Geography plays a vital role in determining the health, wellbeing, and life expectancy of the more than 325 million people in the United States. To create a future where everyone has an equal opportunity to live the healthiest life possible, local communities must tackle the non-medical factors that have the most impact on how long and how well people live.
Based on my personal and professional experiences, community-driven solutions and actions are the most effective ways to move the needle on public health issues. These actions have to be locally driven and measured, but can connect to a national approach. At the Aetna Foundation, we believe local communities play the most vital role in developing solutions that can help increase the use of preventative care and decrease the impact of chronic disease.
This year, in collaboration with U.S. News & World Report, we launched our inaugural “Healthiest Communities" rankings, measuring the health and wellness of nearly 3,000 counties across America in 10 different categories. The rankings provided us with a clearer picture of the health disparities that exist in different communities across the country. The most notable health gaps that emerged between high- and low-ranked communities are primarily in education, income, access to healthy food, and public safety. Understanding these inequities allows us to continue refining our approach to working with communities and building on proven models that lay the groundwork for meeting the health needs of the future.
There are three key factors for communities that can positively shape the future of health: awareness, access, and action. Together, these three elements will close the health divide and build a sustained culture of health, one community at a time.
Increasing Awareness About Social Determinants
Many people think good health is determined by access to doctors and treatment. While access to care is important, only 10 percent of factors impacting premature death are related to clinical care, according to the Centers for Disease Control and Prevention (CDC). What’s more, 60 percent of individuals’ health is determined by behaviors and social, economic, and environmental factors, such as safe outdoor spaces, affordable transportation, and access to fresh fruits and vegetables, among many others.
For this reason, it’s important that individuals are aware of and understand their unique health needs and how their community is shaping their individual health. Studies like the Healthiest Communities rankings and continued research on the social determinants of health by the CDC and other health organizations can help educate people and provide ongoing assessments.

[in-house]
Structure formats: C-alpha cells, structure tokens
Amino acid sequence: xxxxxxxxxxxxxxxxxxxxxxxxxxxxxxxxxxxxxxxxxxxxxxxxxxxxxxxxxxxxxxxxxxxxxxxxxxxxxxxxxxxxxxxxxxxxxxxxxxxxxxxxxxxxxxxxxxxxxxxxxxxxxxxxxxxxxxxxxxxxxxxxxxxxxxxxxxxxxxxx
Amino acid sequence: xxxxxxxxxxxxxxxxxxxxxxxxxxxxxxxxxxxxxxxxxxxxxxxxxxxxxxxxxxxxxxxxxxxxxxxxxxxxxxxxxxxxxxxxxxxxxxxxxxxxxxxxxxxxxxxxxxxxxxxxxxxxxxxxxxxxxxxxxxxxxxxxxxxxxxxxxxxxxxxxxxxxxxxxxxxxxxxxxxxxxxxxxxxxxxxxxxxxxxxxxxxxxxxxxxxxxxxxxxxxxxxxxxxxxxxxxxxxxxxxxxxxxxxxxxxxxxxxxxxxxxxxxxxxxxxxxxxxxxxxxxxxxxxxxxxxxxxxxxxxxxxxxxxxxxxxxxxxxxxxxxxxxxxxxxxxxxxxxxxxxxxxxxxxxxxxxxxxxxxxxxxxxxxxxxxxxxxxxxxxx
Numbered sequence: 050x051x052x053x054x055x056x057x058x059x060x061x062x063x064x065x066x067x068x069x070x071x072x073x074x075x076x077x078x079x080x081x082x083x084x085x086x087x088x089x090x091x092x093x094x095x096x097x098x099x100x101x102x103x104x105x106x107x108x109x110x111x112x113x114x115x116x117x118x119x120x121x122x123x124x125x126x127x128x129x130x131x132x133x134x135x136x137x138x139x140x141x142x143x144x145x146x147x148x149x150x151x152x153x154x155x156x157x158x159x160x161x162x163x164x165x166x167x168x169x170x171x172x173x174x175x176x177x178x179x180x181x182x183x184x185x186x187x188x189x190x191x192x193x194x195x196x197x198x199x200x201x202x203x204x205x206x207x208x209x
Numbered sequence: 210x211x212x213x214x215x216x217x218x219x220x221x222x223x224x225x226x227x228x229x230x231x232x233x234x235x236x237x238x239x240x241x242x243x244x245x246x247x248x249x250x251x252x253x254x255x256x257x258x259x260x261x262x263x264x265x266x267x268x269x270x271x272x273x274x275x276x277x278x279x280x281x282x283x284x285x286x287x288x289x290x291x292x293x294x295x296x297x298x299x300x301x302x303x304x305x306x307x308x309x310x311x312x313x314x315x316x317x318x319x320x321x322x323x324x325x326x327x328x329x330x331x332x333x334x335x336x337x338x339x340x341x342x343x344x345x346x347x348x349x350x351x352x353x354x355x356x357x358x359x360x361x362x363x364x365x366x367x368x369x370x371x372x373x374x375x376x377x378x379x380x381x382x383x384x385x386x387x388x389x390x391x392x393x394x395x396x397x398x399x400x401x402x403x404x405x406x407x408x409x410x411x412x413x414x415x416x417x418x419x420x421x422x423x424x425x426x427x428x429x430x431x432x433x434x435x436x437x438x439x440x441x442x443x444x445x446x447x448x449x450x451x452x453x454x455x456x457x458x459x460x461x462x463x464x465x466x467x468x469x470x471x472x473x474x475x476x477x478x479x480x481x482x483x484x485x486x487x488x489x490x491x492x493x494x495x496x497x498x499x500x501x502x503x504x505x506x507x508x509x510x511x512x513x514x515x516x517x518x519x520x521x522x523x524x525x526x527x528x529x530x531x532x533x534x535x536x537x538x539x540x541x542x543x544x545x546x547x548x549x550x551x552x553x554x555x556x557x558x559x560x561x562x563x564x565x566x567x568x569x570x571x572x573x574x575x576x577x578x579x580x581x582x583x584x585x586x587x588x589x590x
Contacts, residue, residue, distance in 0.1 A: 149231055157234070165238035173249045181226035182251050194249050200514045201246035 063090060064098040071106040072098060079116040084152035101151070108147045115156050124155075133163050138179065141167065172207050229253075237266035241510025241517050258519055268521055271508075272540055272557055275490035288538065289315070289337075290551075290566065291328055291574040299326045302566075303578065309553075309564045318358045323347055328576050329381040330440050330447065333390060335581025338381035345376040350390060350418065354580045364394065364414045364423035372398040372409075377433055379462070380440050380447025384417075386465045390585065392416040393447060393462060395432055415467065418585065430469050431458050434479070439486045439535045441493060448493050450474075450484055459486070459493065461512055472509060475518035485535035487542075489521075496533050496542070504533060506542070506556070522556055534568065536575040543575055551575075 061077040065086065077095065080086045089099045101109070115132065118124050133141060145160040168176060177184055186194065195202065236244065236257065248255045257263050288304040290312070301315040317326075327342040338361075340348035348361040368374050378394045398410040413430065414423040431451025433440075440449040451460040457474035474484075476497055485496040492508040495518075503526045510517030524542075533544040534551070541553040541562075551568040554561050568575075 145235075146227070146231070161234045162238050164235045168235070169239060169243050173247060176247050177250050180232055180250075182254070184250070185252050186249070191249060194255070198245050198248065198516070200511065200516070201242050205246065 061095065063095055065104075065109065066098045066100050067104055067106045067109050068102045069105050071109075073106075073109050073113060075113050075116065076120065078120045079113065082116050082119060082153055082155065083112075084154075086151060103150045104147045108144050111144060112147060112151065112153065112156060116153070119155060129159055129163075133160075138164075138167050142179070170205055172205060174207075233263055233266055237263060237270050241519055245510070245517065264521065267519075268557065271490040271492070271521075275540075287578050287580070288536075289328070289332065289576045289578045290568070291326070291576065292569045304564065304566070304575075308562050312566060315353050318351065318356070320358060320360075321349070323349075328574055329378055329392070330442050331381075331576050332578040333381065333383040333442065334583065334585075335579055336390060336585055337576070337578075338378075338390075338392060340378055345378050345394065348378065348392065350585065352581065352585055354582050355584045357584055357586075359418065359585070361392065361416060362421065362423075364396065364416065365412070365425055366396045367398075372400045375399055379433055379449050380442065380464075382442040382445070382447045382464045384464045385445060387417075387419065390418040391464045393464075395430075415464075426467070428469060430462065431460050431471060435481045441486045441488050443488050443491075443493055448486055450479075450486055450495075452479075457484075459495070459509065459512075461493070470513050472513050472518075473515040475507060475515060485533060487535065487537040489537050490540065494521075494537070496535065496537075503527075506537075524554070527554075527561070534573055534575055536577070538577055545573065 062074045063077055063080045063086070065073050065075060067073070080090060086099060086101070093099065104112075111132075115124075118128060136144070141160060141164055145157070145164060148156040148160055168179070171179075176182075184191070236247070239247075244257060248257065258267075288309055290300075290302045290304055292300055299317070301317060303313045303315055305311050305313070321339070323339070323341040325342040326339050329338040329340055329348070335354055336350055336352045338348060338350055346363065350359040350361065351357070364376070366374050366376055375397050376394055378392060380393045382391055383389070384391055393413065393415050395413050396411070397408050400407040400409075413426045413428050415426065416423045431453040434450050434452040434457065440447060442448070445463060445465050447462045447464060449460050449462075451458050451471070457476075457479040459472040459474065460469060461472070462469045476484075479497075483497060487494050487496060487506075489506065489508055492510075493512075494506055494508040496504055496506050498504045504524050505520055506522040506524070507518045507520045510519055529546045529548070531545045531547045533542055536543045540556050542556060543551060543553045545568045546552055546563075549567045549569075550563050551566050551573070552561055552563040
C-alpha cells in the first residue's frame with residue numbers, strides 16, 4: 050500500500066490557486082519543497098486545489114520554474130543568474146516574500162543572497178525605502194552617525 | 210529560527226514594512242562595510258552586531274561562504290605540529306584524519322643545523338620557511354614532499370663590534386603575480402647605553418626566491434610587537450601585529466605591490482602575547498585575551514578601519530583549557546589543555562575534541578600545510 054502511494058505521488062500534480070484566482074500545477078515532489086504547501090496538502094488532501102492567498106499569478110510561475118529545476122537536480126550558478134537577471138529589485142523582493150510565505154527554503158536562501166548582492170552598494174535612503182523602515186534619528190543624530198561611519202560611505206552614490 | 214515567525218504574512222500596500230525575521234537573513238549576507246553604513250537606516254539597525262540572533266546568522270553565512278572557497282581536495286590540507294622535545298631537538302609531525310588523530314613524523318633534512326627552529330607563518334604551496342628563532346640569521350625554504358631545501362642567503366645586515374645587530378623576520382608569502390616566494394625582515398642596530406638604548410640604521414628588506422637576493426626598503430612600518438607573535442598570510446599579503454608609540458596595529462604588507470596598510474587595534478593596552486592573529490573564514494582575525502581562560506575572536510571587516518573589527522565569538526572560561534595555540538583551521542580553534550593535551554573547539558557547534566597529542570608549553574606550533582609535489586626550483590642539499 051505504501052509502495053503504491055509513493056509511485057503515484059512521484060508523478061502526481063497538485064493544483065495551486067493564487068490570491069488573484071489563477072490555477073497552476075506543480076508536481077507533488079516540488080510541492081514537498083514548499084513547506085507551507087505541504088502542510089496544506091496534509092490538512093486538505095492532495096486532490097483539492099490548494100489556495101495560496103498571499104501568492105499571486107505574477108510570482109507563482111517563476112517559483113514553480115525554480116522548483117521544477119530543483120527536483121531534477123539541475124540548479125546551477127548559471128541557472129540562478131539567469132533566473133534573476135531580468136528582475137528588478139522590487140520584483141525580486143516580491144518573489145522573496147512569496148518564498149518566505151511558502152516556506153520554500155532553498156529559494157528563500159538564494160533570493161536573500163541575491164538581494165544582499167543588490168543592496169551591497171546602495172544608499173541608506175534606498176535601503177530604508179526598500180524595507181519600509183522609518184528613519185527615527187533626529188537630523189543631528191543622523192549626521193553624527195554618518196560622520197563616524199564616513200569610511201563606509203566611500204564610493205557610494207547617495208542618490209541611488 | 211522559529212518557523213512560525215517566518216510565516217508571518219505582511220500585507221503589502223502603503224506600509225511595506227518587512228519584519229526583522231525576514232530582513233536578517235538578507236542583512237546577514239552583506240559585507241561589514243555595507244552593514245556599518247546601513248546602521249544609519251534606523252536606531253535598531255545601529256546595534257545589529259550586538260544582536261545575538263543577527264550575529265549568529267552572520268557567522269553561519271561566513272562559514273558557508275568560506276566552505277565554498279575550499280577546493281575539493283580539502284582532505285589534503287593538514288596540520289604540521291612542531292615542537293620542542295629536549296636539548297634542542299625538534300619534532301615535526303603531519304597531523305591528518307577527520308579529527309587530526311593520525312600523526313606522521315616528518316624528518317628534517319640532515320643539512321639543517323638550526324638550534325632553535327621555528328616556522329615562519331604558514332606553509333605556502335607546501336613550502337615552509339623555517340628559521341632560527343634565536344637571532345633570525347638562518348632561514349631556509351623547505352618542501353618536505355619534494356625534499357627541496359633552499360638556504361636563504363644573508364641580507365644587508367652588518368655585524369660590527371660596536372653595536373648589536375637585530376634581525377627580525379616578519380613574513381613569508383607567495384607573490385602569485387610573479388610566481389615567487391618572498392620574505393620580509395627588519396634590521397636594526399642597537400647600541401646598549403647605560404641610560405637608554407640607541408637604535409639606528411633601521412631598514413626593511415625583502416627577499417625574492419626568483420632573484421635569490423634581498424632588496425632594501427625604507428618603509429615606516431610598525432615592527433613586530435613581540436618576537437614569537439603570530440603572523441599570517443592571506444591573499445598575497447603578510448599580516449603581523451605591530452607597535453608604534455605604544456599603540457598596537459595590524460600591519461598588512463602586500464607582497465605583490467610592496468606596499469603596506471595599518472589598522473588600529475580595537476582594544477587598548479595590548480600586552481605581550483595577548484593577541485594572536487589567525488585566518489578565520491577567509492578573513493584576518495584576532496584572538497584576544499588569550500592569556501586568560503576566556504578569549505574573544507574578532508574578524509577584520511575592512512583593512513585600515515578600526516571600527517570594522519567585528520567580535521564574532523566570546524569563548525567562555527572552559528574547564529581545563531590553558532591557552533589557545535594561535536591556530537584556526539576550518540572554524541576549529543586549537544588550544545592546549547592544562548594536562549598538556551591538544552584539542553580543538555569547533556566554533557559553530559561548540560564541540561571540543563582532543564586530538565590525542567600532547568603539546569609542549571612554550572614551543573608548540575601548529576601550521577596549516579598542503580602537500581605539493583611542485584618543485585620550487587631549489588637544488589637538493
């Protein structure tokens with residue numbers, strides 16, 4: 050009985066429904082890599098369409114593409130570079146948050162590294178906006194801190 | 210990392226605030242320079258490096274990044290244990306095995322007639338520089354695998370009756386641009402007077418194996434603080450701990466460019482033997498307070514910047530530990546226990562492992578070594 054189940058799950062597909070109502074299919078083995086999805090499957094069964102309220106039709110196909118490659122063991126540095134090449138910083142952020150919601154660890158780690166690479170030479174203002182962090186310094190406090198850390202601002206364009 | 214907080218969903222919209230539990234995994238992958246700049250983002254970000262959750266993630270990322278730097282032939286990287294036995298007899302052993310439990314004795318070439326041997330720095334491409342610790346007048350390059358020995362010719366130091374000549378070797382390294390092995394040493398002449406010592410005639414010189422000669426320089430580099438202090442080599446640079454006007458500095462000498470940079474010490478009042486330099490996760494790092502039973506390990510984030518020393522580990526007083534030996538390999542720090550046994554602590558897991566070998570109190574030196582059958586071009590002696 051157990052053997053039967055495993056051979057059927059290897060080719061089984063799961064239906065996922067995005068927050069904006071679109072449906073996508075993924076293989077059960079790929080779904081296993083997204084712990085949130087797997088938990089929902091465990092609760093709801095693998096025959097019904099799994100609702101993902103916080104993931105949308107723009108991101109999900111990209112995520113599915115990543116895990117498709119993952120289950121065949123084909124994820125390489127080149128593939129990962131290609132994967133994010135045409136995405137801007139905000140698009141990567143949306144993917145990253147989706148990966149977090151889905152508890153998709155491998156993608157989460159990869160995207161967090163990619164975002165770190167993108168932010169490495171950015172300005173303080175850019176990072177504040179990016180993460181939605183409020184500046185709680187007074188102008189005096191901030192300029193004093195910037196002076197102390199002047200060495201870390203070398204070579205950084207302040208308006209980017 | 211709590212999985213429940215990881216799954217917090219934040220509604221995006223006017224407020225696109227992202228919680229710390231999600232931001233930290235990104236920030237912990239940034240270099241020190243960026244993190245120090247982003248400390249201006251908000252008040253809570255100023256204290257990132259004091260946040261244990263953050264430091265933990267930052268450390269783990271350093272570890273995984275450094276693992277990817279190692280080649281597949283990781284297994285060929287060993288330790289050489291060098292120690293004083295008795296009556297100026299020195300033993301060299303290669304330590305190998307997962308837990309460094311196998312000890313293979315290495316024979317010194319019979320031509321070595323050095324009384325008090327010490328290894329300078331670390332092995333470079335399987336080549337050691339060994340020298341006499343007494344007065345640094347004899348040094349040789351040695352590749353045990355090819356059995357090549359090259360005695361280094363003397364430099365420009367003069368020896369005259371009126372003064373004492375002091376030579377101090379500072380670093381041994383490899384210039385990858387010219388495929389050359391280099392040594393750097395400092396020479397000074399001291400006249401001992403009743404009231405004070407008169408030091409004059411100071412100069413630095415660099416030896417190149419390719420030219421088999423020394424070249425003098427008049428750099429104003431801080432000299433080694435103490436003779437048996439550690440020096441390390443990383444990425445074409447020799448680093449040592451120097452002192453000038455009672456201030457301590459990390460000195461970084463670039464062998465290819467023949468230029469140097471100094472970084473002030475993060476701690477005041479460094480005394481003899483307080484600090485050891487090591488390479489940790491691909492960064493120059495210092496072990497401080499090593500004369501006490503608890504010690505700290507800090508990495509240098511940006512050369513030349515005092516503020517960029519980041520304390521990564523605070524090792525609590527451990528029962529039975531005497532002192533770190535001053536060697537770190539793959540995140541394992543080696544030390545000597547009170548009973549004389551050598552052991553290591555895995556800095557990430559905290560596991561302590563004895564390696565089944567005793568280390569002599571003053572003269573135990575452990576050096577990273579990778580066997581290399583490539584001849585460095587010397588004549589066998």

Communities must also ensure residents are aware of the healthy resources and opportunities already available to them. If people are unaware of the parks, trails, farmers’ markets, social services, and recreational spaces around them, what good do they do?
Creating Access to Resources
Once people identify and acknowledge the factors that impact their health needs, communities must ensure the resources required to address them are both available and affordable to every individual. There’s a wealth of research showing that individuals who live in areas with limited economic means also lack access to education, employment, healthy food, and a host of other resources. This is where tackling inequity matters the most.
The Aetna Foundation has several community grant programs that address some of these major public health threats, such as food insecurity, opioid abuse, and social isolation. Beyond simply funding these programs, we work collaboratively with community organizations to make sure there is a strategy in place for how funding will be used to maximize value and to develop initiatives that are impactful, scalable, and focused on improving health among underserved populations.
Driving Action Through a Local Approach
Finally, everyone—from elected officials and local businesses to schools and nonprofit organizations—can and must play a role in charting a course to a healthier future.
Many health policies currently carried out at the national level make local action an uphill battle, mostly because they are based on universalism and not tailored to the specific needs of individual communities. To meet the needs of the future, our nation must take a local approach.
Communities are encouraged to focus on proven strategies and best practices to nurture meaningful action and enhance their chances of success. Individuals and organizations must implement activities based on the expertise and resources they bring to the table. For example: an individual can take the time to understand both the local assets that may improve their health and the social and environmental issues that may be deleterious to their health; an elected official can push for smoke-free policies in public housing; a local church can offer their building to host a health fair or fitness class for community members.
I am optimistic that the combination of these efforts will create more conversations and opportunities that will have a lasting impact on health for generations to come.